With eight years until Australia’s National Broadband Network, is delivered in full, it’s easy for businesses to put it on the backburner and not consider the impact that it will have on their operations and their markets.
The task of getting business thinking about the NBN was a key theme of the Realising our Broadband Future conference held in Sydney in December 2009.
So here are six ideas to get businesses of all sizes thinking about the NBN today:
Appoint broadband ambassadors: Find people from business and community – particularly Australian SMEs – that have built successful web-based businesses, and encourage them to get out and discuss what they have done. This could be through articles on websites or through traditional media, or by getting them to speak at organised events (such as town hall meetings – see below).
Educate at all levels: particularly school: Bring discussion of internet services into secondary schools. Get kids working with existing broadband applications and get them thinking about future applications. This is already a part of the government’s netbooks program for high school students. The younger population will be the group impacted by high speed broadband over the longest period, and hence should have as much knowledge and ability to influence development as possible.
Encourage super funds to put money into early stage VC: Many of the new services that will be enabled by the NBN will be created by tech start-ups. Unfortunately there is very little money out there to fund their development. Commercialisation Australia is providing some relief, but the private sector needs to pull its weight. Super funds have not have a great experience investing in Australian VCs, but that will not always be the case. For now however it might be necessary to provide additional incentives to get the funds to direct money to this higher-risk (but higher-reward) investment category.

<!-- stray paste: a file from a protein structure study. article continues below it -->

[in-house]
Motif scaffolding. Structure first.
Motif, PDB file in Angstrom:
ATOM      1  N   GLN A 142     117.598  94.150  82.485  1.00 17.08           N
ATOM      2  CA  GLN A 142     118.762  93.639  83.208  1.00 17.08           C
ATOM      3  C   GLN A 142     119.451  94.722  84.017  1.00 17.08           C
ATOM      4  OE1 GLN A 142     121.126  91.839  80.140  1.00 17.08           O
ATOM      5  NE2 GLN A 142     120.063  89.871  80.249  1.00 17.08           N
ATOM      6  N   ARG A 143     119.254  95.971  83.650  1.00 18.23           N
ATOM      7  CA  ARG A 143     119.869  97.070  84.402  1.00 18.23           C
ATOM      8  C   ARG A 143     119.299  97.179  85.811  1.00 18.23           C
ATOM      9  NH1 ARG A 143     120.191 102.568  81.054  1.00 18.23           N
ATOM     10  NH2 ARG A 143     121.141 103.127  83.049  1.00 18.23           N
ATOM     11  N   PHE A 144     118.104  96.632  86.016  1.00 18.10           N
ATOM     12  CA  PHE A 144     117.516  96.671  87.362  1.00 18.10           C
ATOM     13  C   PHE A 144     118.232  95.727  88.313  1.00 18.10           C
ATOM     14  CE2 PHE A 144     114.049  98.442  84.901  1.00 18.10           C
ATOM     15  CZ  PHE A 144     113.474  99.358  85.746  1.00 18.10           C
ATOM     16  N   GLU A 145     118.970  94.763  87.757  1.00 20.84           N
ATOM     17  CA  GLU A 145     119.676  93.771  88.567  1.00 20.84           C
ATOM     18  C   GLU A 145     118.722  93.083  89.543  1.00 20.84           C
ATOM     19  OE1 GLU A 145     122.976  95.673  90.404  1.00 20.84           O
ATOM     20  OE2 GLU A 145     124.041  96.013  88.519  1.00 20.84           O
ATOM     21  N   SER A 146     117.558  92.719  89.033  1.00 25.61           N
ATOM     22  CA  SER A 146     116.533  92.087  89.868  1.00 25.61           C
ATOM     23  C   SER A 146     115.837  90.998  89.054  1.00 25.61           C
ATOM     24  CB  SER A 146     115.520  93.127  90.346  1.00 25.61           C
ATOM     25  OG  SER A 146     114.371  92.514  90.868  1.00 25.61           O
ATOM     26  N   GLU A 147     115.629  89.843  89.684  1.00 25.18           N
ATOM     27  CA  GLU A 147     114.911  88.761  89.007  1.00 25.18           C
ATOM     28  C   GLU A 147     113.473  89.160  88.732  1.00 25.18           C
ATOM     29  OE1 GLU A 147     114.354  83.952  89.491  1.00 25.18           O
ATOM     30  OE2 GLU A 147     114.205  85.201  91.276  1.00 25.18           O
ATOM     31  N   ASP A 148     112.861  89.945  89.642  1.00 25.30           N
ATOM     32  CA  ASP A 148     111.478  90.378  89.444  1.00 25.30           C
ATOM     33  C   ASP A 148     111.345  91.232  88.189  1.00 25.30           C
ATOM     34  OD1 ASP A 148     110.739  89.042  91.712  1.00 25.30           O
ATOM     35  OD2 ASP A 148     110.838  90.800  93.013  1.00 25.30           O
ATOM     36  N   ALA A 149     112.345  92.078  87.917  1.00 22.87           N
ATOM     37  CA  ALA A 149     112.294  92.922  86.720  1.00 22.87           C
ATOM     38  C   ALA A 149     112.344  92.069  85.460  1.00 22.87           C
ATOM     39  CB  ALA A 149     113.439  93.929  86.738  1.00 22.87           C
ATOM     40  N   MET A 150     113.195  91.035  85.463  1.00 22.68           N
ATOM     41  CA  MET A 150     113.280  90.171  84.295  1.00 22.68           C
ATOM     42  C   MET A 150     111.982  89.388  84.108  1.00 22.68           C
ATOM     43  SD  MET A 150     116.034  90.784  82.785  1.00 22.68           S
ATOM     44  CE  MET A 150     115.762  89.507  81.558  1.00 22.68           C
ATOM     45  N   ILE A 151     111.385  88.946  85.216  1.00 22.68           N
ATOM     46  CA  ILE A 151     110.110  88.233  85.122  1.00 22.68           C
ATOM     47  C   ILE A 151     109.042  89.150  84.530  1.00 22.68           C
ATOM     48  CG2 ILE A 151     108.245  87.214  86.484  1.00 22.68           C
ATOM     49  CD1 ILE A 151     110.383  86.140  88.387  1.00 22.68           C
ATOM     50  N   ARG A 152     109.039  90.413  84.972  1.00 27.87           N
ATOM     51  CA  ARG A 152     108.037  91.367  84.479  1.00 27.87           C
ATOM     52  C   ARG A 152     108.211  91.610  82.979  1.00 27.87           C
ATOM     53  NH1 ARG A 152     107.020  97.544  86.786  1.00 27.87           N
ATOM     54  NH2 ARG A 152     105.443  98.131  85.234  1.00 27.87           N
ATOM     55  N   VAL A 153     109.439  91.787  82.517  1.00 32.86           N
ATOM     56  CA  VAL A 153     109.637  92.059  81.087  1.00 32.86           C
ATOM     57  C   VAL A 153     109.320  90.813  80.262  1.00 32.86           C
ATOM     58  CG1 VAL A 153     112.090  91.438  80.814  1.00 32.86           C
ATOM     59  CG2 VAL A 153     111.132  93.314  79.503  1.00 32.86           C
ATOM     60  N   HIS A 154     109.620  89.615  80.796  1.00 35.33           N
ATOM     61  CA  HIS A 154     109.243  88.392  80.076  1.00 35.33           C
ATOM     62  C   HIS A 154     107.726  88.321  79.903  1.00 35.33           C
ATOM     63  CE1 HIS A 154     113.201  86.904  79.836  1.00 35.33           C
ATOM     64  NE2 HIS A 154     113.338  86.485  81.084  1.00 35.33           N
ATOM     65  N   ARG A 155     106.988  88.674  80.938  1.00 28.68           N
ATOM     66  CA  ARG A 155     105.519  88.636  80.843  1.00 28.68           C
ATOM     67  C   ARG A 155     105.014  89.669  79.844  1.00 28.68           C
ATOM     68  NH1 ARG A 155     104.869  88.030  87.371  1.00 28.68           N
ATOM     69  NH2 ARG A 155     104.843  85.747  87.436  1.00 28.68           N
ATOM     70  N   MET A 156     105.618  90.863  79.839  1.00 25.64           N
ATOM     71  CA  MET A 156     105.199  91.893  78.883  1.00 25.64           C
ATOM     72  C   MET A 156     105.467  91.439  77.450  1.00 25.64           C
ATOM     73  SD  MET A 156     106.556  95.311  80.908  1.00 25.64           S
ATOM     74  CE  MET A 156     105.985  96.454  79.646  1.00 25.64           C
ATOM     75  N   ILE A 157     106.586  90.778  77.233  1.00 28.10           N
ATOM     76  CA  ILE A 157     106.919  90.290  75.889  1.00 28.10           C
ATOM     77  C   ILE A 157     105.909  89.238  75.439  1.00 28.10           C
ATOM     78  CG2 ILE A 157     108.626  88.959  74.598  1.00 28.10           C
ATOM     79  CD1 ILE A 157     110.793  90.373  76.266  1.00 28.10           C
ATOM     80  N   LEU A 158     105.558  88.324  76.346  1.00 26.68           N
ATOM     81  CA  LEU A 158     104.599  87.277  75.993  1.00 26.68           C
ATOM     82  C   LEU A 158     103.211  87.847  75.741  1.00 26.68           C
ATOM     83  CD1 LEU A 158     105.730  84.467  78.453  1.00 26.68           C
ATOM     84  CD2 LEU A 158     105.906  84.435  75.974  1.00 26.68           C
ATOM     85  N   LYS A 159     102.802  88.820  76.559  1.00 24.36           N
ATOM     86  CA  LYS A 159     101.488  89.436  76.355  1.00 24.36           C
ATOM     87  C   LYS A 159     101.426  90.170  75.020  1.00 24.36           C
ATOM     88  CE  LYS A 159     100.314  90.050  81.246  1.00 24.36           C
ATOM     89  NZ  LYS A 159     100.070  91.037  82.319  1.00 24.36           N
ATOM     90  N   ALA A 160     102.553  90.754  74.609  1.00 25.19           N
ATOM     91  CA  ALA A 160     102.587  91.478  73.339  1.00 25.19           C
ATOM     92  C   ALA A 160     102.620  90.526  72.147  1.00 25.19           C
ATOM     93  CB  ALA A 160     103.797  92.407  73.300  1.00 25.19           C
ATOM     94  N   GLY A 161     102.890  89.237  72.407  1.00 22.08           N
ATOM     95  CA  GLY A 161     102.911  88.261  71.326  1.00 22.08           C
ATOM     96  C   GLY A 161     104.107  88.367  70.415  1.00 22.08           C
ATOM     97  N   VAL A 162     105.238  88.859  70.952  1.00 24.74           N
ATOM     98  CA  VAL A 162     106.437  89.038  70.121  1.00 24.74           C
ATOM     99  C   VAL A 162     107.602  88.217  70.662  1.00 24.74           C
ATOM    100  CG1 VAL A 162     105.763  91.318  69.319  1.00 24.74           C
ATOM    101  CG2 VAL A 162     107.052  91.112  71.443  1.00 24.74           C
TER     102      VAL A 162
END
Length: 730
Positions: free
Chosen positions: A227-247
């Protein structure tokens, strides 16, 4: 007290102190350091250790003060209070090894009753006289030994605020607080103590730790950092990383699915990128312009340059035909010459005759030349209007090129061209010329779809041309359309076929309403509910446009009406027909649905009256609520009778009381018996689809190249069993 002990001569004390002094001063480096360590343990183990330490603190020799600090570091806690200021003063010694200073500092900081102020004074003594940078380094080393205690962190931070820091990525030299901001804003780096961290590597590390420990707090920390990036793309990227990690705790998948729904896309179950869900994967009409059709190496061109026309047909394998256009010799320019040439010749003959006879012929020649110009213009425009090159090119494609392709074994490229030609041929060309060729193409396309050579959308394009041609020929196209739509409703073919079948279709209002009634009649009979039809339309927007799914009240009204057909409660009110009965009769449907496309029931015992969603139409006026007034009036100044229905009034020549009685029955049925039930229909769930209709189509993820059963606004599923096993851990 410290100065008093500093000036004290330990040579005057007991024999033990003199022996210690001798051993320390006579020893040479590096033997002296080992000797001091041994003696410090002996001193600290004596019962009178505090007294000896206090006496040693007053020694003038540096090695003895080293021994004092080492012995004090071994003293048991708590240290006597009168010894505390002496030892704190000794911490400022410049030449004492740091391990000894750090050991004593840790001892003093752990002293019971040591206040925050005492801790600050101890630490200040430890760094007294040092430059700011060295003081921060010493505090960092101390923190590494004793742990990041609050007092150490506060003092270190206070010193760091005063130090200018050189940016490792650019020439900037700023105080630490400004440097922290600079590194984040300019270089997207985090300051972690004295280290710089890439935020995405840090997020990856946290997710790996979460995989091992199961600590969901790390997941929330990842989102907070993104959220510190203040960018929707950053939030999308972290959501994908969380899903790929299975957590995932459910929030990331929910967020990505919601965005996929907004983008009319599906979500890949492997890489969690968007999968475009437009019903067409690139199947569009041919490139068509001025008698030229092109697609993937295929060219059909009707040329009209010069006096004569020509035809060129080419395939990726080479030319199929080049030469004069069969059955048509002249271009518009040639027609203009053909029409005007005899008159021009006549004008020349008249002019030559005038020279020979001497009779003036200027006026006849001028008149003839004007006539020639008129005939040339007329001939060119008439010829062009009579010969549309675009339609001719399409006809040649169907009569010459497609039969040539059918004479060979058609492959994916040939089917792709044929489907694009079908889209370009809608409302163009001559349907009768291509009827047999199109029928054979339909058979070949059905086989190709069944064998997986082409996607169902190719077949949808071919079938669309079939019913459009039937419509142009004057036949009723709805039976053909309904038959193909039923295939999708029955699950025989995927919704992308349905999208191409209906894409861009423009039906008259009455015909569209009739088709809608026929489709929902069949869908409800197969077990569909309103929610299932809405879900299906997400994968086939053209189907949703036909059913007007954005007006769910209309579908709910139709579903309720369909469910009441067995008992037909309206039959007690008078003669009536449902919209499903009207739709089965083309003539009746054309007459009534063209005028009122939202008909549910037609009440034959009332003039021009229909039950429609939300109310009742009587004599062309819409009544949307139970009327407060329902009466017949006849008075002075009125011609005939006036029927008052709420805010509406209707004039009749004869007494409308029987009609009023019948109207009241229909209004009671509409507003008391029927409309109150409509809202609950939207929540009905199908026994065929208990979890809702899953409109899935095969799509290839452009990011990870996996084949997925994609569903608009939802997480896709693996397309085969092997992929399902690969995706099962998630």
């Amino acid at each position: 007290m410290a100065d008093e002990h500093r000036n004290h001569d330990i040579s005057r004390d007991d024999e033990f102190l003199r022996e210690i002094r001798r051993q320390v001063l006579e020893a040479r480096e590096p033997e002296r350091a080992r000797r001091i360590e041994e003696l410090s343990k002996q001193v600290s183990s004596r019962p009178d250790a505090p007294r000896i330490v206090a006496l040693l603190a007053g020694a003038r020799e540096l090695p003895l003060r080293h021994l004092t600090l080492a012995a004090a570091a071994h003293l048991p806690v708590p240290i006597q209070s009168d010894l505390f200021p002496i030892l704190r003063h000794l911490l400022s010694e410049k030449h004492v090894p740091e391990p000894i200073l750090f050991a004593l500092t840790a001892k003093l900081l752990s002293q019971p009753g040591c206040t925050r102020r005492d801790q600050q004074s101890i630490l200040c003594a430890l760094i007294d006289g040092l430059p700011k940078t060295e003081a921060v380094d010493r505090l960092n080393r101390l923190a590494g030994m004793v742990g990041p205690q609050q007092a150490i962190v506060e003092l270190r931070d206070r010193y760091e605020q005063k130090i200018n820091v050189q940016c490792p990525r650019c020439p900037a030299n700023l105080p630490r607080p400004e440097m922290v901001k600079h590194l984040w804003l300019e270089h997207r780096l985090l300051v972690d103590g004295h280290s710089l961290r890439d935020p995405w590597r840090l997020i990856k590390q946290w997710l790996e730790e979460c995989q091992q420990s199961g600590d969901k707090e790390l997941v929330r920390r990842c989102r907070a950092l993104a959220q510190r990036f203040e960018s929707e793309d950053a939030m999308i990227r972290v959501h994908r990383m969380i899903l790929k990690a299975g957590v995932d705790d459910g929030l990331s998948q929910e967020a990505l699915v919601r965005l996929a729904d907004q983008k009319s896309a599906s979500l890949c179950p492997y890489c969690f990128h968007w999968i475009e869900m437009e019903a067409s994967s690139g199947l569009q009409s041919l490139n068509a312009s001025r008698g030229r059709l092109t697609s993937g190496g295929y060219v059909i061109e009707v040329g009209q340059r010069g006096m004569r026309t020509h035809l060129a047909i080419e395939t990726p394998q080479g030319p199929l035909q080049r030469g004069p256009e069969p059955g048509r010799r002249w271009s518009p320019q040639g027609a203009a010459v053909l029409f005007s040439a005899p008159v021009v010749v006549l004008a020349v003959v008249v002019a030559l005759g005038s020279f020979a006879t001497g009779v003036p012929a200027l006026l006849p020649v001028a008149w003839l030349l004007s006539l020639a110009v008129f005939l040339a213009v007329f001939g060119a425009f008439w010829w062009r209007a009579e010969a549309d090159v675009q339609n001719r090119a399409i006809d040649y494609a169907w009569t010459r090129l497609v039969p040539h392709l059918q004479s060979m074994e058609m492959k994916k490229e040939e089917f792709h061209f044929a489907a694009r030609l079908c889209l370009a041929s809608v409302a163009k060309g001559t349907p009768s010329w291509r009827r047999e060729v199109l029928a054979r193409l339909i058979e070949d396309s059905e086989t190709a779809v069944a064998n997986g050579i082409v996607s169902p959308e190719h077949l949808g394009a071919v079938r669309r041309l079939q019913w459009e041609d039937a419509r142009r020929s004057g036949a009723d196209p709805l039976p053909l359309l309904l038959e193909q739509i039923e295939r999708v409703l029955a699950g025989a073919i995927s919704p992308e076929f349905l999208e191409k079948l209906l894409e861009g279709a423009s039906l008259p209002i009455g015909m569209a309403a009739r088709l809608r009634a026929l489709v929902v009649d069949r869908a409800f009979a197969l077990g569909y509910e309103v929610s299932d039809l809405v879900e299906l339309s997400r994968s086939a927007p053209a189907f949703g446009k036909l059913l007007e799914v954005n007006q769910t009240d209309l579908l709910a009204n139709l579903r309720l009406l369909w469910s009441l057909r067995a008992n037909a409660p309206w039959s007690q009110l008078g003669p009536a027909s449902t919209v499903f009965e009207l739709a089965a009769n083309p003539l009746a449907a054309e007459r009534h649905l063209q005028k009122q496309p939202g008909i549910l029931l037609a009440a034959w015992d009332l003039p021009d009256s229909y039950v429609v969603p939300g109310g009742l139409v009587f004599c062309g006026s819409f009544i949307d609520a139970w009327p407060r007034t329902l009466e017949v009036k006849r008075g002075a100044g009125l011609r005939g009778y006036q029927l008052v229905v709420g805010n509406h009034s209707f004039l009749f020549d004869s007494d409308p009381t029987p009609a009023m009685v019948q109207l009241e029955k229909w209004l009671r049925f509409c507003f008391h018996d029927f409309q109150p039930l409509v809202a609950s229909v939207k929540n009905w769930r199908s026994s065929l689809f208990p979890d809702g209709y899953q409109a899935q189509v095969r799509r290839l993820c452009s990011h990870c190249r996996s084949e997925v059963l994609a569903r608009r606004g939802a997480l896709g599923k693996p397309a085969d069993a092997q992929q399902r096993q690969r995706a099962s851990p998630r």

Town Hall meetings: If the government is serious about getting business and the community thinking about broadband now, it is important that it take its message out into the community. This is particularly necessary in rural areas – one of the groups that is touted as gaining the greatest benefits from the NBN, but which currently has access to the least resources in terms of skilled service providers and application builders. Holding forums where people can gain information and discuss ideas will be a vital stage in accelerating service creation and adoption.
Extend R&D tax concessions: Companies engaging in approved research and development have access to tax credits to help offset the cost of their investments. Perhaps this scheme could be extended further to cover development of advanced websites and online applications? This would help offset the cost of development of new broadband-enabled services. Unfortunately the current review seems to point to it being even harder for companies to access these funds in future however.
Boost the Export Market Development Grant: Many Australian businesses that are selling into foreign markets today qualify for reimbursement of part of their marketing costs under the Government’s Export Market Developments Grant program. This scheme should be boosted and promoted to reach a greater number of companies that are spending money building websites to sell into foreign markets. A benefit could even be offered in the form of a tax offset against development costs on money made through sale of goods via the web into foreign markets.
That’s six very quick ideas to get people talking – there are plenty more out there. But if business doesn’t start thinking about how to make use of the NBN today, it is very likely to fail to capitalise on some of the economic advantages that it can deliver.